Leveraged/Inverse Exchange-Traded Funds

This information is specific to leveraged, inverse, and leveraged inverse exchange-traded fund (“LIETF”) sales at E*TRADE from Morgan Stanley.

Summarized below is important information about LIETFs. Please visit the ETF section of the Disclosure Library to review important information about ETFs, in general, and how E*TRADE from Morgan Stanley is compensated when you invest in ETFs.

A LIETF’s prospectus contains its investment objectives, risks, charges, expenses and other important information, and should be carefully considered before investing. For a current prospectus, visit the ETF Center at www.etrade.com/etf.

In general, a Leveraged ETF is designed to provide a multiple (e.g., two times) of the performance of the index, benchmark or single-security it tracks. An Inverse ETF is designed to provide the opposite of the performance of the index, benchmark or single-security it tracks. A Leveraged Inverse ETF is designed to provide a multiple of the opposite of the performance of the index, benchmark or single-security it tracks.

Please keep in mind that LIETFs typically seek to achieve their investment objectives on a daily basis (i.e., over one trading session). When held for longer than one day, the performance of LIETFs can differ significantly from the performance (or the inverse of the performance) of their underlying index, benchmark or single-security over the same time period. This effect can compound the longer the product is held and result in large and unexpected losses, particularly in volatile markets.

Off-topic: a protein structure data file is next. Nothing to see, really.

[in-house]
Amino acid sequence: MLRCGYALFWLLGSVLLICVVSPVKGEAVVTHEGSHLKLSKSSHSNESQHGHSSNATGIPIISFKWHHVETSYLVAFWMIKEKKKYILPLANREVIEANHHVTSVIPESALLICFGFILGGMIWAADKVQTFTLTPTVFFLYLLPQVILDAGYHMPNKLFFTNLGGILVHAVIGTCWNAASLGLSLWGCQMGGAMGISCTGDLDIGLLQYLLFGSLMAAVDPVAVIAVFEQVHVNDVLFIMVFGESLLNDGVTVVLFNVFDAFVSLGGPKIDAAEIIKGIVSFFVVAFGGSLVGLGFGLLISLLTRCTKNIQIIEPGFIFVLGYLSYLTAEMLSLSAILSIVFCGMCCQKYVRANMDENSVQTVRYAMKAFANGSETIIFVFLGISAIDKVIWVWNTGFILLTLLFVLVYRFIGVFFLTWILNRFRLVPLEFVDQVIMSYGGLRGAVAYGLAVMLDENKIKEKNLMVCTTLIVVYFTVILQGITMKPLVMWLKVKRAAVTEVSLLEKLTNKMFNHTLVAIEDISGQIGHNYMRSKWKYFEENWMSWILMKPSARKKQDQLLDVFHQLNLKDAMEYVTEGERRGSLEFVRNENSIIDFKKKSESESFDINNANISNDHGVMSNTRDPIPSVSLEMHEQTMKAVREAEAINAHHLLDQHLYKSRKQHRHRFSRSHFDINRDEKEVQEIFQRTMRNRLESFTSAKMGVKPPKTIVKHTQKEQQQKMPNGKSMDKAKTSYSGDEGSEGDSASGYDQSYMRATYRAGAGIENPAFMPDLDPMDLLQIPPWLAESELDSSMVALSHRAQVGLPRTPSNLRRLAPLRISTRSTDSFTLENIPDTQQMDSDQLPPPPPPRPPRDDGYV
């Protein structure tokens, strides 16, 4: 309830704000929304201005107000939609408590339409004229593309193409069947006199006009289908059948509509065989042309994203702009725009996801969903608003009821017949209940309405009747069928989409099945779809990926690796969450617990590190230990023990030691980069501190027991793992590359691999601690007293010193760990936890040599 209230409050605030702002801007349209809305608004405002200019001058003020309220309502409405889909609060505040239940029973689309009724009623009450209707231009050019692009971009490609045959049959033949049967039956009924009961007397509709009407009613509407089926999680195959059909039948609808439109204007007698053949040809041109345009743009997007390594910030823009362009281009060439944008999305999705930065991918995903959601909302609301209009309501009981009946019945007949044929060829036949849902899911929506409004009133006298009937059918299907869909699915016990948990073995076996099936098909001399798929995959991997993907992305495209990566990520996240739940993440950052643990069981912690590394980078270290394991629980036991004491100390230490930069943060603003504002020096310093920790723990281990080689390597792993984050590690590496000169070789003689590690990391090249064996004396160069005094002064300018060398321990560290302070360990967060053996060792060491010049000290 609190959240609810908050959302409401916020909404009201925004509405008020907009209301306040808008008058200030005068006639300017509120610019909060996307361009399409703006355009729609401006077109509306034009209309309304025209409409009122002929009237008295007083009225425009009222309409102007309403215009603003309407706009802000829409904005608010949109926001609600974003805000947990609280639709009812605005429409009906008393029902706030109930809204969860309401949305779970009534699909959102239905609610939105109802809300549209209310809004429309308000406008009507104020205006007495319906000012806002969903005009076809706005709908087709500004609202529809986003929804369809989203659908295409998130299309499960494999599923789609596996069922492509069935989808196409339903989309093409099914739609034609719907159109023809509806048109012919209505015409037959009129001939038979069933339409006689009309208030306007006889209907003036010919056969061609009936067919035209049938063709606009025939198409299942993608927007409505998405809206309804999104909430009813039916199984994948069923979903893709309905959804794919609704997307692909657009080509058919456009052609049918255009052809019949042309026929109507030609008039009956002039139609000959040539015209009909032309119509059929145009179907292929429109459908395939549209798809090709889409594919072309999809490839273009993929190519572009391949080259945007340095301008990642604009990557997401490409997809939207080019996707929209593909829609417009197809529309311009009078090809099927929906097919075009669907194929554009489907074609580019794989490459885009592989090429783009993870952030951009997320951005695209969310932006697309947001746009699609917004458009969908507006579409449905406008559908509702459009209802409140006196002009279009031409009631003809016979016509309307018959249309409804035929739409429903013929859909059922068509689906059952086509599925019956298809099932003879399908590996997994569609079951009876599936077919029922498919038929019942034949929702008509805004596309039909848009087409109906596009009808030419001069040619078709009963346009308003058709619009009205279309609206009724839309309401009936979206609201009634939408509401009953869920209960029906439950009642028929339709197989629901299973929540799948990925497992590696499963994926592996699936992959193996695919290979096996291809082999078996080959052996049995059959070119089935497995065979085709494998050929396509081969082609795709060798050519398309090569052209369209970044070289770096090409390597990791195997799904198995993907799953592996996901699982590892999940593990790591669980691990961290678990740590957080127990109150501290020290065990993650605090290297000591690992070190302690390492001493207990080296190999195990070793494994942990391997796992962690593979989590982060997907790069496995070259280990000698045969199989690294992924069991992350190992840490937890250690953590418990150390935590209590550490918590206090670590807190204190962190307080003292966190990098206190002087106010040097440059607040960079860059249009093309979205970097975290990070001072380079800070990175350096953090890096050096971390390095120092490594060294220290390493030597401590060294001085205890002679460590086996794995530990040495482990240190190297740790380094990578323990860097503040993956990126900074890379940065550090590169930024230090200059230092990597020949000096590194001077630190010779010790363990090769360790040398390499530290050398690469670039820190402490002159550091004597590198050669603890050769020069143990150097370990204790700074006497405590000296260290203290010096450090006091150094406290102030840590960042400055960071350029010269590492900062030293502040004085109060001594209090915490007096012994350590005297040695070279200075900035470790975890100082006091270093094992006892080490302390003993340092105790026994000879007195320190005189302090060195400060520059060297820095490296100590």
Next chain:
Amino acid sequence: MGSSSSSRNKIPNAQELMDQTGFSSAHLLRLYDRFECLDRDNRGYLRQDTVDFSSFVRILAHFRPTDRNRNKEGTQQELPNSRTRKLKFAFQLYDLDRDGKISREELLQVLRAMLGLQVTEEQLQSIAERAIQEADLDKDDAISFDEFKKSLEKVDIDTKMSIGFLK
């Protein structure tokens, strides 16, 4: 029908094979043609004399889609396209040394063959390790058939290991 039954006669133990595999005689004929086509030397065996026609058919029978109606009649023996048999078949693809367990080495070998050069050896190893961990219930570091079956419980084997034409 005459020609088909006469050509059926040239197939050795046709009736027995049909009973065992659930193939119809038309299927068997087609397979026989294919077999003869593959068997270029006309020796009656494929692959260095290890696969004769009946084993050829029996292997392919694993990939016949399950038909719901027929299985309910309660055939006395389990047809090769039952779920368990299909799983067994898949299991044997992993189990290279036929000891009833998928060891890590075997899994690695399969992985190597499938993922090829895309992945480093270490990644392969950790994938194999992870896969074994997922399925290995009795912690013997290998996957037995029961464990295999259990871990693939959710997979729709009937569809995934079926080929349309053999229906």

LIETFs also amplify the volatility and related risk associated with a fund’s underlying index, benchmark or single-security. Volatility refers to the frequency and magnitude of changes in the prices of a financial instrument. Generally, the higher the volatility of an instrument, the greater its price swings and the more risk associated with it. The increased volatility associated with LIETFs may be especially pronounced with respect to funds that provide exposure to a single-security, which by their nature, are not diversified.

Further, LIETFs may face liquidity concerns. Liquidity refers to the ability of market participants to buy and sell securities at a competitive price. Greater volatility in LIETFs may lead to market dislocations and higher probability that LIETFs may be restricted from trading or be liquidated. As a result, there may be lower liquidity involving LIETFs, which may result in an investor not being able to sell a LIETF or having to accept a discounted price to do so. This is especially the case for exchange-traded notes (ETNs), which present additional and distinct risks from LIETFs. Please read more about ETNs here.

You can also visit the websites sponsored by the U.S. Securities and Exchange Com­mission (www.sec.gov) and the Financial Industry Regulatory Authority (www.finra.org) to obtain additional educational information about LIETFs, or access the following links:

SEC.gov | Updated Investor Bulletin: Leveraged and Inverse ETFs

The Lowdown on Leveraged and Inverse Exchange-Traded Products

Know Before You Invest: Volatility-Linked Exchange-Traded Products